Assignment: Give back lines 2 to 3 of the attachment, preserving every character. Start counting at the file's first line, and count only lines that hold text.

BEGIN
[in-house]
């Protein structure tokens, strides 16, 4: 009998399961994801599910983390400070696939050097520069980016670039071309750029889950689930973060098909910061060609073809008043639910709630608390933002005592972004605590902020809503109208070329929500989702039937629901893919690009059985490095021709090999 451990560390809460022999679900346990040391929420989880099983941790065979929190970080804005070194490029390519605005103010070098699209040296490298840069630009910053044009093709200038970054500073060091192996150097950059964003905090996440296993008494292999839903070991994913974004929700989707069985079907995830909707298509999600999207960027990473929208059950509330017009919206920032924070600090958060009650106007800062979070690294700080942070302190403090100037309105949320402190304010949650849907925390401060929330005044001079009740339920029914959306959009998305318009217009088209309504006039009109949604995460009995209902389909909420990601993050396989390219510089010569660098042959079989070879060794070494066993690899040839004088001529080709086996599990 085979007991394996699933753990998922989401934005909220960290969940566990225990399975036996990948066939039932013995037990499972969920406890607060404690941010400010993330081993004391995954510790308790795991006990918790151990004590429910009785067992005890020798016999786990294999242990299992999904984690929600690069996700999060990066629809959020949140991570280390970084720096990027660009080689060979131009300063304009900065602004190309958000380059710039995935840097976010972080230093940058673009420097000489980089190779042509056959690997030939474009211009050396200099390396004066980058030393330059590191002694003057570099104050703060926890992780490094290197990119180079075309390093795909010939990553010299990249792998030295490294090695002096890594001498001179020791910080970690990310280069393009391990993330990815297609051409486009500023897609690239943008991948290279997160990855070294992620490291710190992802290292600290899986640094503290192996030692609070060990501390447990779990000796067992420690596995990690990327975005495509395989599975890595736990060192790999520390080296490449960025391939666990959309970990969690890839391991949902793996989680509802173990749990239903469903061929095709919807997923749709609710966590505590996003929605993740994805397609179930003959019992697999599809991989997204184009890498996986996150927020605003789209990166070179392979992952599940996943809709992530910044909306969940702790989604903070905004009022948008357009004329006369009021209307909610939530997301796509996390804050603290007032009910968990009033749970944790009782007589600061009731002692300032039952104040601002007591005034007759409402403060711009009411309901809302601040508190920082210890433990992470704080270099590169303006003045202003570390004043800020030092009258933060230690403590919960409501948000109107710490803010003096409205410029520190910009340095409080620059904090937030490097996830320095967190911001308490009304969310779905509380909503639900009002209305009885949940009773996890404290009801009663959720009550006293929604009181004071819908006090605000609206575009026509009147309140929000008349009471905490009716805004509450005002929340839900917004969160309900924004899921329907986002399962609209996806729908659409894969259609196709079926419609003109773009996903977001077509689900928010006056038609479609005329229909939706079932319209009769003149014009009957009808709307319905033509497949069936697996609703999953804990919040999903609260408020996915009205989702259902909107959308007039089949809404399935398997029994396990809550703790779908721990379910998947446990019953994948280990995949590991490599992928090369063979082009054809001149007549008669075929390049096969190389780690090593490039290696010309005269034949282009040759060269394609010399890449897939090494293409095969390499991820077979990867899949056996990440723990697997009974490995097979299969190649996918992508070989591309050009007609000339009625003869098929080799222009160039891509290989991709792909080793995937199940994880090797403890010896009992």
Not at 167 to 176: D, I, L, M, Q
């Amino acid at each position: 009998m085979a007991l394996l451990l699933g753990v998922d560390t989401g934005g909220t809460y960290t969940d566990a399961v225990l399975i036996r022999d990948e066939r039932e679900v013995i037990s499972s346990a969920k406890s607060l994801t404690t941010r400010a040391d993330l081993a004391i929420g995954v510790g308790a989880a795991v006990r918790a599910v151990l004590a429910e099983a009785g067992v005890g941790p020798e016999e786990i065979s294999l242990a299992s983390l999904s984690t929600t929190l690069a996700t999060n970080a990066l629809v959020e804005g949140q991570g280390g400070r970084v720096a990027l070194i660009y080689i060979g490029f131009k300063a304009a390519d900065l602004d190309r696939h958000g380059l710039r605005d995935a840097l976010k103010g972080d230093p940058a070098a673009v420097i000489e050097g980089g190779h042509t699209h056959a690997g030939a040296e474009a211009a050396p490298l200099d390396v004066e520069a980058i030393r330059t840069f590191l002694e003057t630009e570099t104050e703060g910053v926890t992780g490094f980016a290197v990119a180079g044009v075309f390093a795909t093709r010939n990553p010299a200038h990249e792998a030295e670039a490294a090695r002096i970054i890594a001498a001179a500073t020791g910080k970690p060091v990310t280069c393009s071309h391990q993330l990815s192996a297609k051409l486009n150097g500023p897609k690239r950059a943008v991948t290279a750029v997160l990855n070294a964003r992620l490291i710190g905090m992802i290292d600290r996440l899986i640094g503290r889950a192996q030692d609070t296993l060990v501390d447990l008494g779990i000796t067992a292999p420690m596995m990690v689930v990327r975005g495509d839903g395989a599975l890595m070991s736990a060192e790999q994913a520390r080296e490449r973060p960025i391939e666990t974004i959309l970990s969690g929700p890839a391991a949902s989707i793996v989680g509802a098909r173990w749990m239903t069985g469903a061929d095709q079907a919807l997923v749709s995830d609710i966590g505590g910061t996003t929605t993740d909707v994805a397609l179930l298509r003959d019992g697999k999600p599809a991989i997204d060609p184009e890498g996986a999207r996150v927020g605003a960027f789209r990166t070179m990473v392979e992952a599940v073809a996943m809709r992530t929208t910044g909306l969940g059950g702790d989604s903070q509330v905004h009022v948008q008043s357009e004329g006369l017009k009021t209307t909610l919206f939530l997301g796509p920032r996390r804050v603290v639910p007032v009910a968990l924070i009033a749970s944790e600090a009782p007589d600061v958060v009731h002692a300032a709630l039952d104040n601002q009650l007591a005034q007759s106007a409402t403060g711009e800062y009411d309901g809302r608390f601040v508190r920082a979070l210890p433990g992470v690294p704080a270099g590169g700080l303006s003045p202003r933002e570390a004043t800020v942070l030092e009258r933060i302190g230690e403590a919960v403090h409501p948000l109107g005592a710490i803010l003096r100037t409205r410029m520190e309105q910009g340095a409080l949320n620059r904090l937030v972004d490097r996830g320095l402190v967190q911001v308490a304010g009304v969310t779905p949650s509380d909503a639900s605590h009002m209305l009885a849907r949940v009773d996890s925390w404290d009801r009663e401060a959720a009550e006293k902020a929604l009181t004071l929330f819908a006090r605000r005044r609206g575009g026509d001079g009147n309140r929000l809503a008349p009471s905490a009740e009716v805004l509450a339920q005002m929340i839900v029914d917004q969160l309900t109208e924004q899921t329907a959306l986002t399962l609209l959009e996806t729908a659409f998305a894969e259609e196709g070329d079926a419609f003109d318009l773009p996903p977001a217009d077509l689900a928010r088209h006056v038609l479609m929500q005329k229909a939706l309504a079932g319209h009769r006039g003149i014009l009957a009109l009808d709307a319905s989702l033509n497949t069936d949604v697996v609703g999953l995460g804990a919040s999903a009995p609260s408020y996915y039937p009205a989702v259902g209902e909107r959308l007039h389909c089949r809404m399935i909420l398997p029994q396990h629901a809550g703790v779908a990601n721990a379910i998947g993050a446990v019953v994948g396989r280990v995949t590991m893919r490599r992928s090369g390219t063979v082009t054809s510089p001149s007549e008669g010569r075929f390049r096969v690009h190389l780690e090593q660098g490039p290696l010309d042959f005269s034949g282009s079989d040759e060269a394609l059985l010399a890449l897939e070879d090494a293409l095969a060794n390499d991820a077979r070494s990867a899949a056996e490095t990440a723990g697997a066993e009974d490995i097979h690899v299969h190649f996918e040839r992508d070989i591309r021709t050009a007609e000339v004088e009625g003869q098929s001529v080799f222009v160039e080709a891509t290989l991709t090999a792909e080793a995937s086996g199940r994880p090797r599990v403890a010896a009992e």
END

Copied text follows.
């Protein structure tokens, strides 16, 4: 009998399961994801599910983390400070696939050097520069980016670039071309750029889950689930973060098909910061060609073809008043639910709630608390933002005592972004605590902020809503109208070329929500989702039937629901893919690009059985490095021709090999 451990560390809460022999679900346990040391929420989880099983941790065979929190970080804005070194490029390519605005103010070098699209040296490298840069630009910053044009093709200038970054500073060091192996150097950059964003905090996440296993008494292999839903070991994913974004929700989707069985079907995830909707298509999600999207960027990473929208059950509330017009919206920032924070600090958060009650106007800062979070690294700080942070302190403090100037309105949320402190304010949650849907925390401060929330005044001079009740339920029914959306959009998305318009217009088209309504006039009109949604995460009995209902389909909420990601993050396989390219510089010569660098042959079989070879060794070494066993690899040839004088001529080709086996599990 085979007991394996699933753990998922989401934005909220960290969940566990225990399975036996990948066939039932013995037990499972969920406890607060404690941010400010993330081993004391995954510790308790795991006990918790151990004590429910009785067992005890020798016999786990294999242990299992999904984690929600690069996700999060990066629809959020949140991570280390970084720096990027660009080689060979131009300063304009900065602004190309958000380059710039995935840097976010972080230093940058673009420097000489980089190779042509056959690997030939474009211009050396200099390396004066980058030393330059590191002694003057570099104050703060926890992780490094290197990119180079075309390093795909010939990553010299990249792998030295490294090695002096890594001498001179020791910080970690990310280069393009391990993330990815297609051409486009500023897609690239943008991948290279997160990855070294992620490291710190992802290292600290899986640094503290192996030692609070060990501390447990779990000796067992420690596995990690990327975005495509395989599975890595736990060192790999520390080296490449960025391939666990959309970990969690890839391991949902793996989680509802173990749990239903469903061929095709919807997923749709609710966590505590996003929605993740994805397609179930003959019992697999599809991989997204184009890498996986996150927020605003789209990166070179392979992952599940996943809709992530910044909306969940702790989604903070905004009022948008357009004329006369009021209307909610939530997301796509996390804050603290007032009910968990009033749970944790009782007589600061009731002692300032039952104040601002007591005034007759409402403060711009009411309901809302601040508190920082210890433990992470704080270099590169303006003045202003570390004043800020030092009258933060230690403590919960409501948000109107710490803010003096409205410029520190910009340095409080620059904090937030490097996830320095967190911001308490009304969310779905509380909503639900009002209305009885949940009773996890404290009801009663959720009550006293929604009181004071819908006090605000609206575009026509009147309140929000008349009471905490009716805004509450005002929340839900917004969160309900924004899921329907986002399962609209996806729908659409894969259609196709079926419609003109773009996903977001077509689900928010006056038609479609005329229909939706079932319209009769003149014009009957009808709307319905033509497949069936697996609703999953804990919040999903609260408020996915009205989702259902909107959308007039089949809404399935398997029994396990809550703790779908721990379910998947446990019953994948280990995949590991490599992928090369063979082009054809001149007549008669075929390049096969190389780690090593490039290696010309005269034949282009040759060269394609010399890449897939090494293409095969390499991820077979990867899949056996990440723990697997009974490995097979299969190649996918992508070989591309050009007609000339009625003869098929080799222009160039891509290989991709792909080793995937199940994880090797403890010896009992």
Not at 167 to 176: D, I, L, M, Q